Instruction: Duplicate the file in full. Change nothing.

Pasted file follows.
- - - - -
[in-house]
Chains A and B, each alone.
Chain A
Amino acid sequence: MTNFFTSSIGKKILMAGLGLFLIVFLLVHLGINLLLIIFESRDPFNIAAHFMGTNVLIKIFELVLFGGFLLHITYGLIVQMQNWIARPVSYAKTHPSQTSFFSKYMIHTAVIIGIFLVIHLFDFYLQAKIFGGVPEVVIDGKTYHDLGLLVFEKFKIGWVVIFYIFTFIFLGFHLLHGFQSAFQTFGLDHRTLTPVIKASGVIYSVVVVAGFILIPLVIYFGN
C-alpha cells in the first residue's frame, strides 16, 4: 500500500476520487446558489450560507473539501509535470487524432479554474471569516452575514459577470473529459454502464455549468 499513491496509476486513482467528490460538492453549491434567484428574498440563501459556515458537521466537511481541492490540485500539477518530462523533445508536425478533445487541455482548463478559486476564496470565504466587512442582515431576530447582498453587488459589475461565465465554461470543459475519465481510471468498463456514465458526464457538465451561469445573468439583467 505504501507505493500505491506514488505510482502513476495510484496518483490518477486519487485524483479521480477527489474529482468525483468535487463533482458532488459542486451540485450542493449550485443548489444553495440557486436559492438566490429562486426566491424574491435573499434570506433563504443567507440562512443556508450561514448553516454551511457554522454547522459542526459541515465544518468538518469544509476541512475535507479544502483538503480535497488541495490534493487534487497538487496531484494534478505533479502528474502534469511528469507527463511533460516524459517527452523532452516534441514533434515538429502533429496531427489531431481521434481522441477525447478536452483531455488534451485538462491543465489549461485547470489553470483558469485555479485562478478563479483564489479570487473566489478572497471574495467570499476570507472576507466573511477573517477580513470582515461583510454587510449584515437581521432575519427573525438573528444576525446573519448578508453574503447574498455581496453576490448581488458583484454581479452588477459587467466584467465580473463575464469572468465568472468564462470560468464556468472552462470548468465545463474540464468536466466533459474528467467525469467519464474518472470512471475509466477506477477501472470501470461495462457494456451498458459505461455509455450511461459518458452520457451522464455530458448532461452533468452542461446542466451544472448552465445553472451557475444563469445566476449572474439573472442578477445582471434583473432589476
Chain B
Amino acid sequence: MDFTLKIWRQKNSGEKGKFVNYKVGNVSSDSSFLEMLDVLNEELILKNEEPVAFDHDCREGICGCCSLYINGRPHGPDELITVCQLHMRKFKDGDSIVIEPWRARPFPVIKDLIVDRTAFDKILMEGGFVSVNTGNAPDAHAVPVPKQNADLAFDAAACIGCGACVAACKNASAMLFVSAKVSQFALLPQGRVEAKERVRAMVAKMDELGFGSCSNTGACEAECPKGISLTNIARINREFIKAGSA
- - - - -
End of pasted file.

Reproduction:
[in-house]
Chains A and B, each alone.
Chain A
Amino acid sequence: MTNFFTSSIGKKILMAGLGLFLIVFLLVHLGINLLLIIFESRDPFNIAAHFMGTNVLIKIFELVLFGGFLLHITYGLIVQMQNWIARPVSYAKTHPSQTSFFSKYMIHTAVIIGIFLVIHLFDFYLQAKIFGGVPEVVIDGKTYHDLGLLVFEKFKIGWVVIFYIFTFIFLGFHLLHGFQSAFQTFGLDHRTLTPVIKASGVIYSVVVVAGFILIPLVIYFGN
C-alpha cells in the first residue's frame, strides 16, 4: 500500500476520487446558489450560507473539501509535470487524432479554474471569516452575514459577470473529459454502464455549468 499513491496509476486513482467528490460538492453549491434567484428574498440563501459556515458537521466537511481541492490540485500539477518530462523533445508536425478533445487541455482548463478559486476564496470565504466587512442582515431576530447582498453587488459589475461565465465554461470543459475519465481510471468498463456514465458526464457538465451561469445573468439583467 505504501507505493500505491506514488505510482502513476495510484496518483490518477486519487485524483479521480477527489474529482468525483468535487463533482458532488459542486451540485450542493449550485443548489444553495440557486436559492438566490429562486426566491424574491435573499434570506433563504443567507440562512443556508450561514448553516454551511457554522454547522459542526459541515465544518468538518469544509476541512475535507479544502483538503480535497488541495490534493487534487497538487496531484494534478505533479502528474502534469511528469507527463511533460516524459517527452523532452516534441514533434515538429502533429496531427489531431481521434481522441477525447478536452483531455488534451485538462491543465489549461485547470489553470483558469485555479485562478478563479483564489479570487473566489478572497471574495467570499476570507472576507466573511477573517477580513470582515461583510454587510449584515437581521432575519427573525438573528444576525446573519448578508453574503447574498455581496453576490448581488458583484454581479452588477459587467466584467465580473463575464469572468465568472468564462470560468464556468472552462470548468465545463474540464468536466466533459474528467467525469467519464474518472470512471475509466477506477477501472470501470461495462457494456451498458459505461455509455450511461459518458452520457451522464455530458448532461452533468452542461446542466451544472448552465445553472451557475444563469445566476449572474439573472442578477445582471434583473432589476
Chain B
Amino acid sequence: MDFTLKIWRQKNSGEKGKFVNYKVGNVSSDSSFLEMLDVLNEELILKNEEPVAFDHDCREGICGCCSLYINGRPHGPDELITVCQLHMRKFKDGDSIVIEPWRARPFPVIKDLIVDRTAFDKILMEGGFVSVNTGNAPDAHAVPVPKQNADLAFDAAACIGCGACVAACKNASAMLFVSAKVSQFALLPQGRVEAKERVRAMVAKMDELGFGSCSNTGACEAECPKGISLTNIARINREFIKAGSA